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Behavior Genetics

, 40:48 | Cite as

Response to comment by Stuart Macgregor

  • Angelica RonaldEmail author
  • Lee M. Butcher
  • Sophia J. Docherty
  • Oliver S. P. Davis
  • Leonard C. Schalkwyk
  • Ian W. Craig
  • Robert Plomin
Response to Invited Commentary
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We are grateful to Stuart Macgregor for his comment on our paper. We agree with his caveats about our work, which are mostly related to the selection criteria that we used to select SNPs from the first stage (DNA pooling) of our study. We should have used his method (Macgregor et al. 2006) for correcting mean allele frequency differences between high and low pools, perhaps in addition to our ad hoc multiple-criteria selection strategy which goes beyond statistical significance to take into account other criteria such as allele frequencies (see our Discussion). However, we could not go back and do the study again because the 42 SNPs nominated in our first stage (DNA pooling) were already individually genotyped in our independent replication sample.

Stuart Macgregor’s comment raises more general issues. The speed of change in GWA analysis strategies is faster than the rate at which studies can be conducted and published. Moreover, GWA is still relatively new and therefore it should be accepted that we have not yet reached the stage at which the optimal strategy is obvious. The first GWA studies (WTCCC 2007) aimed for a single study that would yield definitive associations showing genome-wide significance. However, the field has shifted towards multiple-stage strategies like ours that attempt to beat the multiple-testing problem by winnowing the hundreds of thousands of SNPs in successive screening stages.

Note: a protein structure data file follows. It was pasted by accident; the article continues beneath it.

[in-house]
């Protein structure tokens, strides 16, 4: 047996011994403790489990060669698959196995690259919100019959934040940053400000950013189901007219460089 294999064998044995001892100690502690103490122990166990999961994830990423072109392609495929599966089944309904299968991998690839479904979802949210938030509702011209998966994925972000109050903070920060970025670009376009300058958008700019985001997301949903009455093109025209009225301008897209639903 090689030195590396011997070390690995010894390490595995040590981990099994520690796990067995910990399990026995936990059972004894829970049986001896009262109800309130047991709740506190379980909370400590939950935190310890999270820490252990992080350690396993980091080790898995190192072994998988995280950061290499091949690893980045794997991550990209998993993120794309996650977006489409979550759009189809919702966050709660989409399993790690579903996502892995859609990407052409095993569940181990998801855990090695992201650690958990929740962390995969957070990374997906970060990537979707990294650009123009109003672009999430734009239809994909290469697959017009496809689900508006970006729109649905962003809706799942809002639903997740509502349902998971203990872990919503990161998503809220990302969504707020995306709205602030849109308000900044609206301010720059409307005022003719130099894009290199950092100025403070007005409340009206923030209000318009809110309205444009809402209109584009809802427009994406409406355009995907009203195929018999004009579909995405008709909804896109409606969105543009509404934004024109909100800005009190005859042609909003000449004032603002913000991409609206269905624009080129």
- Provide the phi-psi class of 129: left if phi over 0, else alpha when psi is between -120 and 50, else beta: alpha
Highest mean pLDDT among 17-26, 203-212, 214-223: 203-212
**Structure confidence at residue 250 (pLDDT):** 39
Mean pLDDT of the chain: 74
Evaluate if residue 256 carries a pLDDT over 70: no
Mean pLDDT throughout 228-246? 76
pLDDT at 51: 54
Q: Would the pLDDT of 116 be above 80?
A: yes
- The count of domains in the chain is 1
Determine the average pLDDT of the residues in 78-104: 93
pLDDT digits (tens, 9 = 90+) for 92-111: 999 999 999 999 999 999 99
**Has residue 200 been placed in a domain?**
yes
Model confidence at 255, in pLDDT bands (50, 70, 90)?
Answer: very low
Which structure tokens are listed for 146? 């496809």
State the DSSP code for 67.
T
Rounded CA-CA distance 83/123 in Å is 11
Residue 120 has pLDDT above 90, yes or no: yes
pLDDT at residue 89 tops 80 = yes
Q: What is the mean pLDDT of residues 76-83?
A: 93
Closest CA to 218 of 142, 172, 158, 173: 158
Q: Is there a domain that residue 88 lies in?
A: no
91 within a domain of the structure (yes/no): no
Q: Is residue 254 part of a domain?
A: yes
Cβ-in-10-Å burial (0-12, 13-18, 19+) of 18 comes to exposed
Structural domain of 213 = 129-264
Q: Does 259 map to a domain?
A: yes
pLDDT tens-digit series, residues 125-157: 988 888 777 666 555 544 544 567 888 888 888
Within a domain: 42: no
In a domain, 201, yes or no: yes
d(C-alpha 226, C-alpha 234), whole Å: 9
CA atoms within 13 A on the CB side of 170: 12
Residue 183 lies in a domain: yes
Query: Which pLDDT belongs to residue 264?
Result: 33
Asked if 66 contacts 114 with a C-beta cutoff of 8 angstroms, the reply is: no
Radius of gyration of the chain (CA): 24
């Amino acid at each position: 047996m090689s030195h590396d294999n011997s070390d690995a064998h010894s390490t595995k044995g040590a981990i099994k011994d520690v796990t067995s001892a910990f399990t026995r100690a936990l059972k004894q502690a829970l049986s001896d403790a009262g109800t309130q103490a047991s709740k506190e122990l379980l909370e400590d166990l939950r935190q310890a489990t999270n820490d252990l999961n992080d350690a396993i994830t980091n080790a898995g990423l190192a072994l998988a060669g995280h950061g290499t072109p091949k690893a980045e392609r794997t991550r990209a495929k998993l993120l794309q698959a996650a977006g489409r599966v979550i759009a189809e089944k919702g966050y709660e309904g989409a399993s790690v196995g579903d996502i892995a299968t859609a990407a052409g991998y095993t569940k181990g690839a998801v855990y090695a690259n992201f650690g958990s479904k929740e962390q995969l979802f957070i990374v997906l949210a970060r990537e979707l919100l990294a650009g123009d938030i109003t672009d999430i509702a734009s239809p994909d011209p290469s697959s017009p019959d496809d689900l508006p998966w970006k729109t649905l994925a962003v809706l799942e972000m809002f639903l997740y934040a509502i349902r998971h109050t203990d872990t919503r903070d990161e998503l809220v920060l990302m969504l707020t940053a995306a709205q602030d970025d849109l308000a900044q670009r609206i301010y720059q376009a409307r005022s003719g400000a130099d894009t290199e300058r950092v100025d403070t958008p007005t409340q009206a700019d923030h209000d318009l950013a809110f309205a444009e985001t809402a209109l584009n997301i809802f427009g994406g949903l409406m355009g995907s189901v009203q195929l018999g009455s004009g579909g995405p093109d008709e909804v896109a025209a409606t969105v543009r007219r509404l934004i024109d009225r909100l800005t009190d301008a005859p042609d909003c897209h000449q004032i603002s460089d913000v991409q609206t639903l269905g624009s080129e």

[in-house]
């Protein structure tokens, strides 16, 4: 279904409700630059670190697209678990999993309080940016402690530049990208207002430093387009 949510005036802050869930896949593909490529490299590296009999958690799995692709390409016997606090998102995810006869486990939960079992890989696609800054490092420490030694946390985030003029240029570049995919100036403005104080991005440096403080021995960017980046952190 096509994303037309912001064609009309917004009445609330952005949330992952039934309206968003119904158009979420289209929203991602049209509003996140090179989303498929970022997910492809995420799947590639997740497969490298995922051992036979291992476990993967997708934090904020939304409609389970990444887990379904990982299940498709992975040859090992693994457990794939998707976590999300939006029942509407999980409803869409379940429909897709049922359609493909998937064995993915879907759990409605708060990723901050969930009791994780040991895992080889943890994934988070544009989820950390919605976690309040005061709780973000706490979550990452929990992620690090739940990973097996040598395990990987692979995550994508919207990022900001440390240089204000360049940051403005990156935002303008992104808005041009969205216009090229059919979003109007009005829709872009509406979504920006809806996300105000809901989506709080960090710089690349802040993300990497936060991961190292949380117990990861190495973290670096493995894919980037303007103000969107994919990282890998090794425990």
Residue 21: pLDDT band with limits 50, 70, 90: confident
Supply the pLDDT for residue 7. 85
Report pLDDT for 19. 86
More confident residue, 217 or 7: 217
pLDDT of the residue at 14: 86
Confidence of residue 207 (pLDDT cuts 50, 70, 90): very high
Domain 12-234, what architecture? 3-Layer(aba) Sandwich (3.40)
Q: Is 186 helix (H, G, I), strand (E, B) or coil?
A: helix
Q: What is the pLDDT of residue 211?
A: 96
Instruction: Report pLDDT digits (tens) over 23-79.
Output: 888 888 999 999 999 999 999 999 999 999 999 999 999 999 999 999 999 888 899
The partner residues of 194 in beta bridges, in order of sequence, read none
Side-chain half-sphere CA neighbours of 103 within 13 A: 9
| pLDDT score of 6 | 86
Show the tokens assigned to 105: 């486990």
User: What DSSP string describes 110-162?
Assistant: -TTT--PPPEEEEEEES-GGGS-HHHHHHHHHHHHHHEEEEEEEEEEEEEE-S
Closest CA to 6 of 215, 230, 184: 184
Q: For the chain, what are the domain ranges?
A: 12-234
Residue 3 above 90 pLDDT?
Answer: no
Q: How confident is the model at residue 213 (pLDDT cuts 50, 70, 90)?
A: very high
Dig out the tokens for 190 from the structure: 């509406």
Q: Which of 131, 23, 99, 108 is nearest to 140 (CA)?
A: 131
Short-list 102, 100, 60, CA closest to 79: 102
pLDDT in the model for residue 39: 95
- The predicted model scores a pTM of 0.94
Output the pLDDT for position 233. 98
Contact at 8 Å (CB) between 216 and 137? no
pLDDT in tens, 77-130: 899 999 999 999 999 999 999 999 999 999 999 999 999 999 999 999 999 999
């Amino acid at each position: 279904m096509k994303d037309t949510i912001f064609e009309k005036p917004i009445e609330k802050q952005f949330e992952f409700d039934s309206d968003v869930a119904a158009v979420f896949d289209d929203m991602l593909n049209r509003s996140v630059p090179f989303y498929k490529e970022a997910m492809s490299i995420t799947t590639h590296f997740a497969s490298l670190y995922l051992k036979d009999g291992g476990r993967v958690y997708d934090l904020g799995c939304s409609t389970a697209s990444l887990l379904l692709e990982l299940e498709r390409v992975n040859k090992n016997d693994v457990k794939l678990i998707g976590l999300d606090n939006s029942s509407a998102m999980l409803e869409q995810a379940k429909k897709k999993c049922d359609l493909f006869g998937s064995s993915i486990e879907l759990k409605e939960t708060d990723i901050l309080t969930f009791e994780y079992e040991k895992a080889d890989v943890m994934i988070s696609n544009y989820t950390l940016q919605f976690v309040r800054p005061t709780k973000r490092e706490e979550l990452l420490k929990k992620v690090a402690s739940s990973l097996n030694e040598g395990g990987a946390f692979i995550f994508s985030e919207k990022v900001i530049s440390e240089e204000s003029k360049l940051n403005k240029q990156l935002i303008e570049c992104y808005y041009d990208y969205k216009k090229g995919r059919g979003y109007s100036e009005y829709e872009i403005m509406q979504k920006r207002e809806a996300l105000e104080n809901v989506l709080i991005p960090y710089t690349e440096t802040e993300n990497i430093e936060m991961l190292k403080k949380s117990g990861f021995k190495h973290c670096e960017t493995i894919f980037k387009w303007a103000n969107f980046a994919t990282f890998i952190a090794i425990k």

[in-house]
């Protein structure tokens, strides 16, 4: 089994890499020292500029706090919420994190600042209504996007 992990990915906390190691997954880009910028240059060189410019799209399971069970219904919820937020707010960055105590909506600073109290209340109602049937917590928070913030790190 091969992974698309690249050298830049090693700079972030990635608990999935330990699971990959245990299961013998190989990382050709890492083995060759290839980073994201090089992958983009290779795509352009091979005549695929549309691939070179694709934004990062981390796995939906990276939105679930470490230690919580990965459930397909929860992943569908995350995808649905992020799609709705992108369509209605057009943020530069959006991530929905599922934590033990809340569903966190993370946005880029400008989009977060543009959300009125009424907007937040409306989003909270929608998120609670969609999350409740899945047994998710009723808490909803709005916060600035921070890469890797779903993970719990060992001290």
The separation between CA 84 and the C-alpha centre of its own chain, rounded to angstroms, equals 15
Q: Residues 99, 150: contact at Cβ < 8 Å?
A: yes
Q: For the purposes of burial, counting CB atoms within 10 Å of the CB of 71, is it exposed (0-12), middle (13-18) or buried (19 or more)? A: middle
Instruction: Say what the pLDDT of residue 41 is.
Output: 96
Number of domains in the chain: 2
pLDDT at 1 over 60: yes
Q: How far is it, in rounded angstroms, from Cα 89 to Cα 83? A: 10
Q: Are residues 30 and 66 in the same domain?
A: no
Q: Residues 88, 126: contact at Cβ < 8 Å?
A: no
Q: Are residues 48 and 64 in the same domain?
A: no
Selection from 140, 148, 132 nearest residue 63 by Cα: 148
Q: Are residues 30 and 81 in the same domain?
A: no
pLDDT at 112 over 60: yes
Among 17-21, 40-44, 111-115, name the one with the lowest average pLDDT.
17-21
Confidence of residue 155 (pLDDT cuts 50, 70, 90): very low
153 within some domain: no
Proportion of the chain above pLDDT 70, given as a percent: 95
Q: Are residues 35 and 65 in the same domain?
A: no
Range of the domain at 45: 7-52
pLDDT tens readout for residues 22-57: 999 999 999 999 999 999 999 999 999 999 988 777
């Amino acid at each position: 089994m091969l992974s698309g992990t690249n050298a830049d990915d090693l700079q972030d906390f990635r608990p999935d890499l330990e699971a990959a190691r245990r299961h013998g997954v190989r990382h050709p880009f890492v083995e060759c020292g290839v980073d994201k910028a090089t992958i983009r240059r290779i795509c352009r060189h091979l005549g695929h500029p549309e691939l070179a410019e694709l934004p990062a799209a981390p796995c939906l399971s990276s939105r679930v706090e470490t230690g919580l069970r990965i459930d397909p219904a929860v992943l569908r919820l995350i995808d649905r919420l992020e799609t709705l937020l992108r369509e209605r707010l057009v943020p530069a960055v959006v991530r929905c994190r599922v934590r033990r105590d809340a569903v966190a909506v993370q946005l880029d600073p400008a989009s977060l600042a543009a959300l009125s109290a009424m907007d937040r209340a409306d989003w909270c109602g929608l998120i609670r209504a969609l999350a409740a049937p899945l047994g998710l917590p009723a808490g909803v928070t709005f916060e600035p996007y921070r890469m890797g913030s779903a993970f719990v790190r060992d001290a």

We would also like to highlight three features that we hope redeem our report despite its failure to find significant associations. First, DNA pooling will continue to have a role for screening as bigger and better samples and new DNA variants become available; even though the cost of arrays continues to decline, there are limits as to how much can be spent on individual genotyping. Second, quantitative genetic findings can be useful in guiding GWA; our research showing that the social and non-social components of autism spectrum disorder (ASD) differ genetically is a good example. (Case–control studies of diagnosed ASD conflate these two genetically heterogeneous components of ASD.) Third, our multiple-stage design set the bar very high for successful replication: SNPs that showed allele frequency differences between high versus low ASD-symptom groups in Stage 1 were then required to show significant associations for individual differences in autistic quantitative traits throughout the normal distribution; surviving SNPs then were required to show transmission disequilibrium in families with diagnosed ASD. With this ambitious design, any SNPs that survived these hurdles would have been especially exciting.

Reference

  1. Macgregor S, Visscher PM, Montgomery G (2006) Analysis of pooled DNA samples on high density arrays without prior knowledge of differential hybridization rates. Nucleic Acids Res 34(7):e55Google Scholar
  2. Wellcome Trust Case Control Consortium (2007) Genome-wide association study of 14,000 cases of seven common diseases and 3,000 shared controls. Nature 447:661–678CrossRefGoogle Scholar

Copyright information

© Springer Science+Business Media, LLC 2009

Authors and Affiliations

  • Angelica Ronald
    • 1
    • 2
    Email author
  • Lee M. Butcher
    • 1
  • Sophia J. Docherty
    • 1
  • Oliver S. P. Davis
    • 1
  • Leonard C. Schalkwyk
    • 1
  • Ian W. Craig
    • 1
  • Robert Plomin
    • 1
  1. 1.Social Genetic and Developmental Psychiatry CentreInstitute of PsychiatryLondonUK
  2. 2.Centre for Brain and Cognitive DevelopmentBirkbeck CollegeLondonUK

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